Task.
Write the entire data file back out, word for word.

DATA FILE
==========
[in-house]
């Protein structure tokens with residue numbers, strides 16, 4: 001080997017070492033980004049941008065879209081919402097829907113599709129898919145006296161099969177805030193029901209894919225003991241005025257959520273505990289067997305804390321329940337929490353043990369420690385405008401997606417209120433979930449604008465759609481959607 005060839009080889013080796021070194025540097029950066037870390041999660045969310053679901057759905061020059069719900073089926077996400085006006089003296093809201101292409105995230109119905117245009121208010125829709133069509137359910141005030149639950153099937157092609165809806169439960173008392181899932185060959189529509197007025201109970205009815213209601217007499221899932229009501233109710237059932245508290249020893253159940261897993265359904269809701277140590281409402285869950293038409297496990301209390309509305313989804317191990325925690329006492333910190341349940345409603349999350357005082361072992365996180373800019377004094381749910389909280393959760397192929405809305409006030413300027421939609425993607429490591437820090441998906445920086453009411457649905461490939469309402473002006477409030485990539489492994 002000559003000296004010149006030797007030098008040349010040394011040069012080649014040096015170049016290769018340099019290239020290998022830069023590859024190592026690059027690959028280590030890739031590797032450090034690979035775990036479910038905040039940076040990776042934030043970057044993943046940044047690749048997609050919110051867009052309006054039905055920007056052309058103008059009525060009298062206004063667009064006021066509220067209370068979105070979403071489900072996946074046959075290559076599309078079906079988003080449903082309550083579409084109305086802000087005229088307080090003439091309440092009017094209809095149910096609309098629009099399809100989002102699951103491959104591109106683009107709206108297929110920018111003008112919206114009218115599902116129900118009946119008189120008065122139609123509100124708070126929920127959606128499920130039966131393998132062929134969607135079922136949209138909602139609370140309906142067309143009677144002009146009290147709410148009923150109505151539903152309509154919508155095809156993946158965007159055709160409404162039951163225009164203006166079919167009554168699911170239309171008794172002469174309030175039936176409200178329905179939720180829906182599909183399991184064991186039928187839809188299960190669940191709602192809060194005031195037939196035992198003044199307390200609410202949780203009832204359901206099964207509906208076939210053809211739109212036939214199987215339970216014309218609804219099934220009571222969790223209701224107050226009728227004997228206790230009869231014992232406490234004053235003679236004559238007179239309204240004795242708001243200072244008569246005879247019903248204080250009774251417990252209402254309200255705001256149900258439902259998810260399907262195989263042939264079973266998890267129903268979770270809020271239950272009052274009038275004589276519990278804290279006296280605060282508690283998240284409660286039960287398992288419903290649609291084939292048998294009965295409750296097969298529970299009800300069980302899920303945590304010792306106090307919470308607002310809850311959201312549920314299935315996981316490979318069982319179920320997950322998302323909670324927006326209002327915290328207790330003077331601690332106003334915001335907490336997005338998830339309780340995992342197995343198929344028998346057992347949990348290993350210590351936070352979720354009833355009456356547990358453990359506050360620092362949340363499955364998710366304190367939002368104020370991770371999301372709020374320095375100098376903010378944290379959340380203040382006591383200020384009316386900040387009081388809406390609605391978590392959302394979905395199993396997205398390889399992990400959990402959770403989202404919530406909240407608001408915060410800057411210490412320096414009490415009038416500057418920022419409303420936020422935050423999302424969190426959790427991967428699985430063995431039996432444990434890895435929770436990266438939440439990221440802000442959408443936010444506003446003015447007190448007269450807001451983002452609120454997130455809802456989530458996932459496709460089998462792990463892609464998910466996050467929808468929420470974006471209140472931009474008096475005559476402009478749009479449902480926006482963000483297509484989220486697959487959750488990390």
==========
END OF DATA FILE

[in-house]
């Protein structure tokens with residue numbers, strides 16, 4: 001080997017070492033980004049941008065879209081919402097829907113599709129898919145006296161099969177805030193029901209894919225003991241005025257959520273505990289067997305804390321329940337929490353043990369420690385405008401997606417209120433979930449604008465759609481959607 005060839009080889013080796021070194025540097029950066037870390041999660045969310053679901057759905061020059069719900073089926077996400085006006089003296093809201101292409105995230109119905117245009121208010125829709133069509137359910141005030149639950153099937157092609165809806169439960173008392181899932185060959189529509197007025201109970205009815213209601217007499221899932229009501233109710237059932245508290249020893253159940261897993265359904269809701277140590281409402285869950293038409297496990301209390309509305313989804317191990325925690329006492333910190341349940345409603349999350357005082361072992365996180373800019377004094381749910389909280393959760397192929405809305409006030413300027421939609425993607429490591437820090441998906445920086453009411457649905461490939469309402473002006477409030485990539489492994 002000559003000296004010149006030797007030098008040349010040394011040069012080649014040096015170049016290769018340099019290239020290998022830069023590859024190592026690059027690959028280590030890739031590797032450090034690979035775990036479910038905040039940076040990776042934030043970057044993943046940044047690749048997609050919110051867009052309006054039905055920007056052309058103008059009525060009298062206004063667009064006021066509220067209370068979105070979403071489900072996946074046959075290559076599309078079906079988003080449903082309550083579409084109305086802000087005229088307080090003439091309440092009017094209809095149910096609309098629009099399809100989002102699951103491959104591109106683009107709206108297929110920018111003008112919206114009218115599902116129900118009946119008189120008065122139609123509100124708070126929920127959606128499920130039966131393998132062929134969607135079922136949209138909602139609370140309906142067309143009677144002009146009290147709410148009923150109505151539903152309509154919508155095809156993946158965007159055709160409404162039951163225009164203006166079919167009554168699911170239309171008794172002469174309030175039936176409200178329905179939720180829906182599909183399991184064991186039928187839809188299960190669940191709602192809060194005031195037939196035992198003044199307390200609410202949780203009832204359901206099964207509906208076939210053809211739109212036939214199987215339970216014309218609804219099934220009571222969790223209701224107050226009728227004997228206790230009869231014992232406490234004053235003679236004559238007179239309204240004795242708001243200072244008569246005879247019903248204080250009774251417990252209402254309200255705001256149900258439902259998810260399907262195989263042939264079973266998890267129903268979770270809020271239950272009052274009038275004589276519990278804290279006296280605060282508690283998240284409660286039960287398992288419903290649609291084939292048998294009965295409750296097969298529970299009800300069980302899920303945590304010792306106090307919470308607002310809850311959201312549920314299935315996981316490979318069982319179920320997950322998302323909670324927006326209002327915290328207790330003077331601690332106003334915001335907490336997005338998830339309780340995992342197995343198929344028998346057992347949990348290993350210590351936070352979720354009833355009456356547990358453990359506050360620092362949340363499955364998710366304190367939002368104020370991770371999301372709020374320095375100098376903010378944290379959340380203040382006591383200020384009316386900040387009081388809406390609605391978590392959302394979905395199993396997205398390889399992990400959990402959770403989202404919530406909240407608001408915060410800057411210490412320096414009490415009038416500057418920022419409303420936020422935050423999302424969190426959790427991967428699985430063995431039996432444990434890895435929770436990266438939440439990221440802000442959408443936010444506003446003015447007190448007269450807001451983002452609120454997130455809802456989530458996932459496709460089998462792990463892609464998910466996050467929808468929420470974006471209140472931009474008096475005559476402009478749009479449902480926006482963000483297509484989220486697959487959750488990390």